Ozomatli, ACLU Critical Of LAPD's Use Of Force

Police used pepper spray, rubber bullets to clear concert near Democratic National Convention.

LOS ANGELES — The American Civil Liberties Union and Latin funk-rock ensemble Ozomatli say police overreacted when they pulled the plug on the band's performance Monday night and dispersed protesters with pepper spray and rubber bullets.

The East Los Angeles group was performing a free concert across the street from the Staples Center, site of the Democratic National Convention, on the same stage leftist rockers Rage Against the Machine had played less than an hour earlier. Authorities warned protest organizers to control the unruly demonstrators, who were hurling blocks of concrete and metal poles over a 10-foot-high fence at police.

Barely 10 minutes into Ozomatli's set, the Los Angeles Police Department shut off power to the fenced-in designated protest area where the band was playing, ordering the crowd of about 10,000 people to disperse.

"The protest organizers tried to control the crowd, but some people couldn't be calmed down," said Ozomatli manager Amy Blackman, who was backstage when the LAPD pulled the plug. "We asked the police why they couldn't just eject the kids who caused the trouble. They didn't give us an answer."

So while about 400 officers clad in riot gear moved into formation, the 10-member band took to the crowd, apparently hoping to calm the atmosphere with music. But within 15 minutes Ozomatli found themselves caught in the rush of protesters fleeing the oncoming police, who used pepper spray, billy clubs and rubber bullets to clear the area.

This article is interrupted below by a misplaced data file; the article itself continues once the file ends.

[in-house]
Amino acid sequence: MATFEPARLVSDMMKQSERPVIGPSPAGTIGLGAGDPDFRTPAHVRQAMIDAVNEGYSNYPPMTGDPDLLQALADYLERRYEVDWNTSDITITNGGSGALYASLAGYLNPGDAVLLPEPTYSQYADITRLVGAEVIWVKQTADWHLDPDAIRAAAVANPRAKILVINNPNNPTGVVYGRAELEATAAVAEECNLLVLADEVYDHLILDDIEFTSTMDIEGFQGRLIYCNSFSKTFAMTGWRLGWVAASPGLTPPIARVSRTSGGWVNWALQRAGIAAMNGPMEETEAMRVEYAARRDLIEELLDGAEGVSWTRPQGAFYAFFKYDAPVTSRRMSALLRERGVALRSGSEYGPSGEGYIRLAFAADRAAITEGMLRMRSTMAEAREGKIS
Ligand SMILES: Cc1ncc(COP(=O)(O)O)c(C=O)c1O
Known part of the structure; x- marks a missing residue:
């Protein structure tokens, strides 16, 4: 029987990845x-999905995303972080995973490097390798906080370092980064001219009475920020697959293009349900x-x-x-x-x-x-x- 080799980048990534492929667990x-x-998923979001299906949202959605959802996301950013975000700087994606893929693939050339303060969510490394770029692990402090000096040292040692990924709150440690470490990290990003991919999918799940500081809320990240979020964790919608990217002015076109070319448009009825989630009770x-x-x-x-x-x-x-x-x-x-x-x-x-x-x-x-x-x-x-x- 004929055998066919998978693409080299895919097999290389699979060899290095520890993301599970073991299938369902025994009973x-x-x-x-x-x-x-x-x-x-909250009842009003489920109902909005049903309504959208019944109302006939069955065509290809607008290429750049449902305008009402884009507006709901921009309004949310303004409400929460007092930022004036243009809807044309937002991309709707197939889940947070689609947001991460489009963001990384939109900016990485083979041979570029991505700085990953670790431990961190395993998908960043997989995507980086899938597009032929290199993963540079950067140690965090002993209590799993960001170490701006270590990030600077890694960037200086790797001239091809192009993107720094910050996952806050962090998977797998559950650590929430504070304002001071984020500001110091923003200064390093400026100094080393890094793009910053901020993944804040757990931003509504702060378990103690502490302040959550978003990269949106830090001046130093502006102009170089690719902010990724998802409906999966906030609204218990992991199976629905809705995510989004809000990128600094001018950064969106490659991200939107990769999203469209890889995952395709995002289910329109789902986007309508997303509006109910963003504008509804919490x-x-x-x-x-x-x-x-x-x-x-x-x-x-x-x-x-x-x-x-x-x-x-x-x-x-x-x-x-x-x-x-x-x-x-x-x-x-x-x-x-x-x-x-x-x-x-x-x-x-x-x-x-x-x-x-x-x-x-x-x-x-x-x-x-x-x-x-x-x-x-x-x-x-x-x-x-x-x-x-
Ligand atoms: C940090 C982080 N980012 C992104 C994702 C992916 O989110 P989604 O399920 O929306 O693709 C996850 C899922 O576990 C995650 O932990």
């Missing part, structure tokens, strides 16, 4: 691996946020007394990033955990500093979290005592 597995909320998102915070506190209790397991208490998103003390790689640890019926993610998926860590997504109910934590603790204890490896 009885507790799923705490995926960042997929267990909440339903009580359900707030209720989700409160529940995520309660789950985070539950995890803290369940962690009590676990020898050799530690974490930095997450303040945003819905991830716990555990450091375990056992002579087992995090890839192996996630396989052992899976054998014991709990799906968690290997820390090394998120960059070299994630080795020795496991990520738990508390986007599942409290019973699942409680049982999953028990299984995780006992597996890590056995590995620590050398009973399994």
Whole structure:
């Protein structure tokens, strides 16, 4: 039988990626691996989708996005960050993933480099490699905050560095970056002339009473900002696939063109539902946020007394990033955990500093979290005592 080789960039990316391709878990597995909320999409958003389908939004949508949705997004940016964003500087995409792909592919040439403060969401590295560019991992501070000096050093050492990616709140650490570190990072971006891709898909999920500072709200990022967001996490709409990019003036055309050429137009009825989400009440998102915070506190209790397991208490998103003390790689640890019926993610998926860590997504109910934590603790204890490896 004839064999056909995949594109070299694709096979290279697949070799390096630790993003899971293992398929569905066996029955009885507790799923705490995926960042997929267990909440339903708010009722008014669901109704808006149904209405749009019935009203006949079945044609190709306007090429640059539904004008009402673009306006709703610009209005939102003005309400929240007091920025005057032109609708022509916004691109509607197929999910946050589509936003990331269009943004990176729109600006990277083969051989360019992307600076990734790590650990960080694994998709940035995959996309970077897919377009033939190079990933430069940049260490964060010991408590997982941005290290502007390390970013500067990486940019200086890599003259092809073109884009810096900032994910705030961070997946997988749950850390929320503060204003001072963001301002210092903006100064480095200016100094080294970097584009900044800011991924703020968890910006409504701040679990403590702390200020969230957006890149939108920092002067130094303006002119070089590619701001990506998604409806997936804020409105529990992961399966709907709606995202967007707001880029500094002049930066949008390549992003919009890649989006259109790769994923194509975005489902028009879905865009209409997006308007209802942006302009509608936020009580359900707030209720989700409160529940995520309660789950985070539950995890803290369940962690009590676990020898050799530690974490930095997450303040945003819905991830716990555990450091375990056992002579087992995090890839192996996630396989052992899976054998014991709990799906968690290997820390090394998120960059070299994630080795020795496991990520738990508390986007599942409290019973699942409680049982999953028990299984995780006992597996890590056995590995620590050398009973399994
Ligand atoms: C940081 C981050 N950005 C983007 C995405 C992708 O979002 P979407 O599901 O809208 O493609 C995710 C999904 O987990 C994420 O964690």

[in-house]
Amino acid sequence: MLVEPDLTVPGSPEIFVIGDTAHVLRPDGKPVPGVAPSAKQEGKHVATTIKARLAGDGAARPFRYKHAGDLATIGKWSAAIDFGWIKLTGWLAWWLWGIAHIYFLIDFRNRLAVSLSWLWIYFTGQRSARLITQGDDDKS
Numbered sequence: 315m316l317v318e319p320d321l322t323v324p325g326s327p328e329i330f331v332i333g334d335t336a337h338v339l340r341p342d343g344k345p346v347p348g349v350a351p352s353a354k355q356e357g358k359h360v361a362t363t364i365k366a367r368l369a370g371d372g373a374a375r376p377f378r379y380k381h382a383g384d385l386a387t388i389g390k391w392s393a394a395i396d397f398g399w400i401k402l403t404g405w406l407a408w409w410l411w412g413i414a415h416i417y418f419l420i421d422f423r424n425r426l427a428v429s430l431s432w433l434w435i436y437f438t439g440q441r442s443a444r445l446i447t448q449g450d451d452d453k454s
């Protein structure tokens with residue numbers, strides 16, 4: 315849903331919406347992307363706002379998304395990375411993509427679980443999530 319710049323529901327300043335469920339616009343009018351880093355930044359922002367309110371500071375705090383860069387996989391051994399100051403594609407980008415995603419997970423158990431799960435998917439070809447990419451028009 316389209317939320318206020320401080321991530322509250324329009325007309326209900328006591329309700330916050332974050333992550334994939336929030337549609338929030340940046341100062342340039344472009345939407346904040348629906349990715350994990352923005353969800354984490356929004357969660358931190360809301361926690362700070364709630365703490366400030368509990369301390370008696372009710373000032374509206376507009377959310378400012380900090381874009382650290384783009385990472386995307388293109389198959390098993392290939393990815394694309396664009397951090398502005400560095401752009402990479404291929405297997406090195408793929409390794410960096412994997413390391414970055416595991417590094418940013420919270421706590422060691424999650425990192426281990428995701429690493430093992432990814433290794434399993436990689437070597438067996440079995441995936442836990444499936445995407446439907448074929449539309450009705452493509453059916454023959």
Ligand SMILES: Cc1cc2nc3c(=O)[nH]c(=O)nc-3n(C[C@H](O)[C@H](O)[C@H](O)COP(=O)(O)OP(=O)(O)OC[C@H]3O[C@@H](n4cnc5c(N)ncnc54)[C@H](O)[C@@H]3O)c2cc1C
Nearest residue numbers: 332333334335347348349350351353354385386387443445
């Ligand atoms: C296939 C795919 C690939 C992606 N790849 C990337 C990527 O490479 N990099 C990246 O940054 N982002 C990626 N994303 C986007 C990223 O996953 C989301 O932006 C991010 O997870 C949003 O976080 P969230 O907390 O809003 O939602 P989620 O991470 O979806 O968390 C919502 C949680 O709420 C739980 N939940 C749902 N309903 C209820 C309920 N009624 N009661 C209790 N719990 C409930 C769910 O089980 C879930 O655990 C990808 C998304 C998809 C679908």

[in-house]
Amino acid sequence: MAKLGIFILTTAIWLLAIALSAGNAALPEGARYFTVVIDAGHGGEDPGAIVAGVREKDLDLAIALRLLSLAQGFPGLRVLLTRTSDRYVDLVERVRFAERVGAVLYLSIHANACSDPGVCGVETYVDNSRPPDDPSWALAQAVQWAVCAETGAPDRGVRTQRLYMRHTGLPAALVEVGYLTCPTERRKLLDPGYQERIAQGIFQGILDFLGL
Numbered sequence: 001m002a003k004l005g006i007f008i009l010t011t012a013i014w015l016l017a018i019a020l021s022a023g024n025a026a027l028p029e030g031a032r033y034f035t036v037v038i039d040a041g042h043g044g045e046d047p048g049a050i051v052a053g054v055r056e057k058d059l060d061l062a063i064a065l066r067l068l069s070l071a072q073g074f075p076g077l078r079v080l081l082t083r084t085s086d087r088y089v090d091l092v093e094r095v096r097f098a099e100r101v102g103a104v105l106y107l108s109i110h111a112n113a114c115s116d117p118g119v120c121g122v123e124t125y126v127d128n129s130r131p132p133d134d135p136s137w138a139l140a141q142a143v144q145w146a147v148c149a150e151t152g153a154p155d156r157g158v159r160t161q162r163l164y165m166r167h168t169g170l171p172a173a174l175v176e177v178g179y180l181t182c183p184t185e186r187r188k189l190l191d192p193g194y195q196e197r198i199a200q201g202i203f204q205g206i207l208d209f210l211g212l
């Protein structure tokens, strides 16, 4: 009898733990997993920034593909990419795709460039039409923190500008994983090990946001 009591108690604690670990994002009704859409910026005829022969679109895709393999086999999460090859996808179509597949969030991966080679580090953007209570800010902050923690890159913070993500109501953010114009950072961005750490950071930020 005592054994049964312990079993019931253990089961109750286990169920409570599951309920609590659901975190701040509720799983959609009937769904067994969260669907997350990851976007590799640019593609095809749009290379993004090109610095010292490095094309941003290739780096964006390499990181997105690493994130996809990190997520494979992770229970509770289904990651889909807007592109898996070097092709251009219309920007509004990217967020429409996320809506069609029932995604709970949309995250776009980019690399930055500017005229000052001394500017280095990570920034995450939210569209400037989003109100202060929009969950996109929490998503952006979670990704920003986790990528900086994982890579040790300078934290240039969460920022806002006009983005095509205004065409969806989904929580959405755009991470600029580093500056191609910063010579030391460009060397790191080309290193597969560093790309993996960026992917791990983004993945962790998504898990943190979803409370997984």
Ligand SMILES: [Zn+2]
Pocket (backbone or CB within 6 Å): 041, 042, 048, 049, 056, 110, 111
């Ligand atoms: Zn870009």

"We have serious doubts that real public safety risks were occurring; at least not significant enough to provoke a complete shutdown and enforced dispersal of a crowd that was 99.9 percent peaceful, and definitely not enough to provoke what ensued afterward," the band said in a statement Tuesday (Aug. 15).

"This is yet another example of excessive force, ill-training, brutality and a violation of human rights," the statement went on to say. "How did the LAPD expect 15,000 people to disperse through one exit in 10 minutes? And when they didn't disperse fast enough, was it necessary to converge on us in such a violent manner?"

Police said they were provoked into action, and that their show of force was necessary to prevent what they said was a protest about to turn violent. "If people wanted to leave, they had plenty of opportunity to do so," Cmdr. David Kalish of the LAPD said.

The Los Angeles branch of the ACLU issued a statement critical of the LAPD's actions. "Had the police cooperated with the rally organizers, the night could have ended calmly and smoothly. Instead, the police response tonight created huge risks. When people see batons raised, riot gear and mounted police clearing an area, a tense situation becomes a volatile one."

Spokespeople for Rage Against the Machine said the group had no comment on the clash between police and protesters because the bandmembers were not there to see it. The group left the area about 30 minutes before police shut off the power.

"The authorities would only allow their vehicles to stay for a certain amount of time, and after they finished playing they were required to leave," Rage publicist Kathleen Reilly said. "I know for one, Tom [Morello, the band's guitarist], would've loved to have been there."

The group's 45-minute set featured a cover of the MC5's "Kick Out the Jams" (RealAudio excerpt), recalling images of when the Detroit rockers, considered by many to be Rage's musical godfathers, performed outside the 1968 Democratic National Convention in Chicago — site of bloody clashes between police and protesters.